Being a pretty rabid Green Bay Packers fan, May takes refuge in a Greenwich Village Packers bar, hoping that someone will take pity on her plight.
Ben Hausman is looking for redemption. Or at least a way of lowering his blood pressure and calming his ever-present anger. He decides, very much on a whim, that playing white knight to May’s obvious damsel in distress will help make him a better person.
He’s both very, very right and very wrong, sometimes within the same 5 minute interval. May makes him laugh. She also makes him re-examine the assumptions that cost him both his marriage and his restaurant career.
His intervention gives May the freedom to explore that still, small voice in her head (the one that sounds remarkably like her mother) that tells her that the real May is wilder, sexier and way more confident and capable than she has ever allowed herself to be.
The more time they spend together, the harder they fall. Until May has to go back home and face all of her benevolent demons, and everything falls apart. Including Ben. Only May isn’t willing to let him, or her new self, go. No matter how angry she has to get.
Escape Rating A+: Truly is a big story, one that was definitely worth staying up after midnight to finish.
I love May. She’s spent most of her life squeezed into the role of “good sister” and “family peacemaker”, and doesn’t really know how to get out. Her well-meaning mother has also spent May’s whole life trying to squash May into a future that she believes will be safe and secure, whether its right for May or not.
She’s also given May a metric butt-load of negative body images, because both mom and sister Allie are petite little waifs, and May is 6 feet tall and built like an Amazon. An absolutely gorgeous and sexy Amazon, but that’s not the way her mother sees her. May’s spent her whole life trying to disappear, and it’s not working.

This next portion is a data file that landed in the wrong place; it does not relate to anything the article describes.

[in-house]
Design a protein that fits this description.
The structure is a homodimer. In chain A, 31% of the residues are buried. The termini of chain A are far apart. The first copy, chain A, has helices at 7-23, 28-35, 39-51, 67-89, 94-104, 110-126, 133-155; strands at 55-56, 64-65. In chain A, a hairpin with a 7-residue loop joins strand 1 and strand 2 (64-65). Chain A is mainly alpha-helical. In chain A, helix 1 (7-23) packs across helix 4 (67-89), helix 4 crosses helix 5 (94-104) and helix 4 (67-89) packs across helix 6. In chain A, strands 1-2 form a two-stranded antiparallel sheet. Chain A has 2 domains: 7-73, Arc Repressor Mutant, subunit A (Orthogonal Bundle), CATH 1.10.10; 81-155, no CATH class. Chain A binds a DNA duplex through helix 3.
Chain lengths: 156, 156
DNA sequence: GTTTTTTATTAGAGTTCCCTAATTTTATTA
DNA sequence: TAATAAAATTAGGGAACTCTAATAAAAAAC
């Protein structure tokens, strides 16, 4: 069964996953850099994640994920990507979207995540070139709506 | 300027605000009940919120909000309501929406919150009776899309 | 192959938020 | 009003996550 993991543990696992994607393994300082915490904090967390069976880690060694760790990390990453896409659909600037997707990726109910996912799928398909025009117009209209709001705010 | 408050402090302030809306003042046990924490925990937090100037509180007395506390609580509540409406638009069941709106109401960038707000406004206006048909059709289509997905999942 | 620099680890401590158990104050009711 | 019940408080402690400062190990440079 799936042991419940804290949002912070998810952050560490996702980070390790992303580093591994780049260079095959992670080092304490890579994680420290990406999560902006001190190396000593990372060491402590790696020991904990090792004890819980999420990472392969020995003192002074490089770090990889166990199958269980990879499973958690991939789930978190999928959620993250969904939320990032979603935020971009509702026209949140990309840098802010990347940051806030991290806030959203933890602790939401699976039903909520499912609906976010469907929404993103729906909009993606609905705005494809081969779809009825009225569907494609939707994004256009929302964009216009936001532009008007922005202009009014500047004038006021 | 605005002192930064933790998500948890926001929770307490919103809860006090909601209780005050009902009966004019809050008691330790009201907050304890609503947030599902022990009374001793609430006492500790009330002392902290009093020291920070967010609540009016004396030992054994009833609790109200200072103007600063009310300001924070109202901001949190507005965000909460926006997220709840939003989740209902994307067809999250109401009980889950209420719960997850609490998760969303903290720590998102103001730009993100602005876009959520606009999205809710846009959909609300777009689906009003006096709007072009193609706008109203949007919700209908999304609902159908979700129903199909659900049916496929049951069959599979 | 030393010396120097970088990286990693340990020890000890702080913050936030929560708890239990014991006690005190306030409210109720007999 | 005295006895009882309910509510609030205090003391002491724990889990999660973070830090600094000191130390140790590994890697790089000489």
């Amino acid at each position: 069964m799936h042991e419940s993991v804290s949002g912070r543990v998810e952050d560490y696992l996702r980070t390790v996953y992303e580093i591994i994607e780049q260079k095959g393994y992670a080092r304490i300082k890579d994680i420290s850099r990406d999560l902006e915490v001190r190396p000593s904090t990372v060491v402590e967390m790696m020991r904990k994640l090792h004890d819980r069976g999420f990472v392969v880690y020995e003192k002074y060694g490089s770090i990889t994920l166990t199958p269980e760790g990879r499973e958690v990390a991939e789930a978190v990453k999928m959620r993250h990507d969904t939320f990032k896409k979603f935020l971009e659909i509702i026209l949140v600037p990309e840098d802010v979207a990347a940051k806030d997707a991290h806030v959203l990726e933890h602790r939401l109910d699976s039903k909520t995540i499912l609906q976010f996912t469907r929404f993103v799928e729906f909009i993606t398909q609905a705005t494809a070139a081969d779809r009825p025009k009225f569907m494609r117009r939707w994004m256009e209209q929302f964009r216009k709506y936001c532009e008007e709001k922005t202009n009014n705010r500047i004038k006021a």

Breaking out of her safe and boring relationship with the quarterback was the only way for May to rescue herself from a life of complete self-effacement. And she does rescue herself. Ben helps with some of the practicalities, but that option only opens because May first takes charge of her own life.
Ben is interesting because he’s not a typical romantic hero. He may be handsome, but he’s also a complete mess who doesn’t know what to do with himself or his life. He’s totally screwed up once, and is afraid he’ll do it again. He’s also so angry with himself that he inflicts that anger on everyone around him at the drop of a hat.
May takes him out of himself, and makes him view the world around him with fresh eyes. As part of that freshness, he shows her the city that he has come to love.
The other part of the story focuses on their family relationships. We see a lot of May’s family, but only a little, and very telling, glimpse of Ben’s. But they are definitely facing some of the same demons. I’ve always said that the reason it is so easy for family to push your buttons is because they’re the ones who installed them. Both Ben and May really show how that works, and so often doesn’t.
I’m gushing, so I have to stop. If you enjoy contemporary romance, you have to pick up Ruthie Knox. Truly would truly be a great place to start. Me, I’m waiting for the next book in the series, Madly. Madly counting the days, that is.